I recently had the chance to drive the 2018 Alfa Romeo Stelvio Quadrifoglio, which is an SUV with a tremendously long name: 29 letters, eight syllables, four separate words. It’s a mess. "Stelvio Quadrifoglio" doesn’t roll off the tongue quite as smoothly as "X5M." But if you can get past the name, you’ll find that it’s one of the best performance SUVs ever made.
Yes, the Alfa Romeo Stelvio Quadrifoglio is really, really good at being a performance SUV — something I discovered over the week I had a Stelvio, which I borrowed from Alfa Romeo. It’s fast, of course — that much is obvious the moment you look at the spec sheet. While the base-level Stelvio has a 280-horsepower turbocharged 4-cylinder, the Quadrifoglio has an amazing 505-hp turbocharged V6, on account of it being the "performance model." Zero-to-60 is something like 3.6 seconds, which is very quick for an SUV. The top speed is 177 miles per hour, and torque is 443 lb-ft. It’s fast.
But many SUVs are fast. The thing that really impressed me about the Stelvio Quadrifoglio is that it’s incredibly sharp in corners. There are four modes, indicated by a little dial in the center console that reads "D N A" — "D" for Dynamic, "N" for Natural, which is sort of a "normal" model, and "A" for All-Weather. There’s also a fourth mode, Race, which takes things a step beyond Dynamic. When you put the Quadrifoglio in either "Race" or "Dynamic," you’re in control of what is truly the sharpest SUV with the quickest handling of any SUV I’ve ever driven, period. I admit I haven’t yet driven the latest BMW X5M or the new Porsche Cayenne Turbo, neither of which are out yet — but I can’t imagine how it’d be possible to make an SUV sharper than this.
Really: The Stelvio Quadrifoglio feels like a Ford Focus RS, except somehow it’s lifted up and far heavier. I have no idea how they made it possible, but when you’re in Race or Dynamic, you could absolutely be convinced that you’re in a sports car: Ultra-sharp steering, incredible precision and a throttle that’s tremendously responsive to your input. I’ve never driven an SUV that felt so much like a hot hatchback — and I think if there’s really anyone out there who wants a performance SUV solely for its performance, your search should start and end with the Stelvio Quadrifoglio.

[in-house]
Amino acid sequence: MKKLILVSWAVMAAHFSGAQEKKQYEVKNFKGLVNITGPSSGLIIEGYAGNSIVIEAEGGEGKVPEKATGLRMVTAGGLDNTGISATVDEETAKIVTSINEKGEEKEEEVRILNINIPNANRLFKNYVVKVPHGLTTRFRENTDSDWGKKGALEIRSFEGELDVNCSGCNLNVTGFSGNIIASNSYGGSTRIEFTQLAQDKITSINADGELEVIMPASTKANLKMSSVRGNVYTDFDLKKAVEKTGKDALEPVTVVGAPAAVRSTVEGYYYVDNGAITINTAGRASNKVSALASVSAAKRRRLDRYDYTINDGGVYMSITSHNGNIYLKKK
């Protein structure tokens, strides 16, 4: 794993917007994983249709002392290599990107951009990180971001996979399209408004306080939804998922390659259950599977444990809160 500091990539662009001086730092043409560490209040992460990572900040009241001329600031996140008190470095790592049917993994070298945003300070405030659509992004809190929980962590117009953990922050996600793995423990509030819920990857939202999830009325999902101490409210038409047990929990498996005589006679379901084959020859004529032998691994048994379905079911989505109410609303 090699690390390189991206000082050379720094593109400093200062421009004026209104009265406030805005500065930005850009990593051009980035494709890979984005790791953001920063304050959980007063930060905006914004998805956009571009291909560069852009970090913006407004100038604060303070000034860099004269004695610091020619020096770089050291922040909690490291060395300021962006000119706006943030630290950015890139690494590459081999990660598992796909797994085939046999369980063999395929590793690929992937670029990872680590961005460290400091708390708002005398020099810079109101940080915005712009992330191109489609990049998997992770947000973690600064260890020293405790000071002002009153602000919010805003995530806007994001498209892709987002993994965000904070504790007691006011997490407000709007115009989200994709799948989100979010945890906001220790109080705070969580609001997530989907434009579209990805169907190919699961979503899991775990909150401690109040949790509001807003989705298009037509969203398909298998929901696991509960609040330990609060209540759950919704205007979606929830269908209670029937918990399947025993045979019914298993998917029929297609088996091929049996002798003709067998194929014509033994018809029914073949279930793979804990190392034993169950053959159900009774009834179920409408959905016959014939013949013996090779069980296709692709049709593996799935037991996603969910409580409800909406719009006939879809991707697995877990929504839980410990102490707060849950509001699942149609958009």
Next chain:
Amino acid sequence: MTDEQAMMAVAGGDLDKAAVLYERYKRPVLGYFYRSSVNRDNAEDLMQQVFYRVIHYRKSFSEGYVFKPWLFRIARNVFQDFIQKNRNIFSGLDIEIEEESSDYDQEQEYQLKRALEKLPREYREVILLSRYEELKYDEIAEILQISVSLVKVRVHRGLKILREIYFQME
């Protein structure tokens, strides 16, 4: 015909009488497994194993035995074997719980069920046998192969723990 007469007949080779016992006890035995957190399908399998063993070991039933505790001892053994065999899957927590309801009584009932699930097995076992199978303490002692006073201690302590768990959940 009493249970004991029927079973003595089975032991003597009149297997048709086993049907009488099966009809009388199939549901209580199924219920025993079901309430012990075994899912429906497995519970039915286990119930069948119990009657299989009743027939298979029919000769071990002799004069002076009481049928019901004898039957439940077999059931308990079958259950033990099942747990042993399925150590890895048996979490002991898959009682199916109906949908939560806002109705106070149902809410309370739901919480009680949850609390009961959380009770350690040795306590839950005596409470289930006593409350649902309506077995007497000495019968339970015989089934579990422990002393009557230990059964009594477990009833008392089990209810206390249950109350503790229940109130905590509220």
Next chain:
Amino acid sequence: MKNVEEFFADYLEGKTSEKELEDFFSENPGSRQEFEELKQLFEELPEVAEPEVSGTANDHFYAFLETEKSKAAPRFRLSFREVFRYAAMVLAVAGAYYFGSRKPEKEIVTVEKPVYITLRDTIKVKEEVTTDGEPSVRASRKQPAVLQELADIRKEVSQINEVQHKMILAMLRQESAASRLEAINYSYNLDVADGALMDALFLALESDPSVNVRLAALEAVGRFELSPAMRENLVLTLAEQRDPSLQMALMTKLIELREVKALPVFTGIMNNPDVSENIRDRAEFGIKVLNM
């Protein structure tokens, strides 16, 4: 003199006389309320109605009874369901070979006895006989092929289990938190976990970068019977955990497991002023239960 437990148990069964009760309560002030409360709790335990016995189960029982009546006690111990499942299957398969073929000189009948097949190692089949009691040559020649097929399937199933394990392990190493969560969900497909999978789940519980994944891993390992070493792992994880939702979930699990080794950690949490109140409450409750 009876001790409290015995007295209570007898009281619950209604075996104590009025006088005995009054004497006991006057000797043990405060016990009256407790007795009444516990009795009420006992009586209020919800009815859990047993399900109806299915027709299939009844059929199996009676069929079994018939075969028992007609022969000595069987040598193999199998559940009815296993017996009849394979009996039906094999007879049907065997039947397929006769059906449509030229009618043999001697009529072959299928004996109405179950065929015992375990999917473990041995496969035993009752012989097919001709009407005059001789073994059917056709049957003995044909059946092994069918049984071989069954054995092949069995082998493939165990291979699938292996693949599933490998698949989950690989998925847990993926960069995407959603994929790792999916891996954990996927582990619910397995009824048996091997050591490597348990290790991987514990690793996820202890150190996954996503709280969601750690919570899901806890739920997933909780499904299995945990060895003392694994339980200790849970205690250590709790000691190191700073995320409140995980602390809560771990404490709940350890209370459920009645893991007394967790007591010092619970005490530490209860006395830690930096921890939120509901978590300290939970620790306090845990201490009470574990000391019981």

Unfortunately, there’s a drawback to all this precision, handling and hot hatchery: the Stelvio Quadrifoglio is probably the roughest-riding SUV I’ve ever driven. Not in "Natural" mode, to be clear — there, it just feels like basically any other sporty crossover. But if you want the incredible handling, you have to take the punishing suspension that apparently accompanies it — and I don’t exaggerate when I say "punishing." The Stelvio Quadrifoglio, in Race mode, alerted me to pavement undulations I didn’t even know were present, and beat me up so thoroughly that I immediately turned off Race (and even Dynamic) after I had demonstrated the SUV’s handling capabilities to curious passengers. So, understand that the Stelvio delivers some of the best dynamics in the world, but they come at a price.
Beyond the performance, there are a few other noteworthy characteristics of the Stelvio. One is just how un-weird it is: This isn’t your typical old-school Italian car with strangely-placed buttons and switches; the Stelvio is almost excessively normal, with surprisingly few quirks worthy of mention. That means you won’t get confused while you operate it, but it also means you won’t find some delightful piece of technology nobody else has, or some exciting feature they’re just trying out. This thing breaks no new ground in that arena.
And then, we move back to the name. "Alfa Romeo" has little name recognition here in the United States, and "Stelvio" has even less. "Quadrifoglio," though difficult to say (pronounce it "Quad-rih-foe-lee-oh," and yes, it sounds like an office supply), is Alfa’s performance line — sort of like BMW M or Mercedes-AMG. Add it all together and tell someone what you’re driving, and you certainly won’t get the same impressed reaction you’d expect if you divulge your car of choice is a BMW X5M or a Mercedes-AMG GLS63.
But you do get a price break compared to the midsize performance luxury SUVs (the Alfa is around $85,000, compared to well over $100,000 for an X5M), and a power boost compared to the small ones (505 hp to the Macan Turbo’s 400). Consider everything and it’s an excellent all-rounder: Nice styling, excellent performance, well-priced and lots of power. It’s one of the great SUV driving experiences around — if you can handle the ride.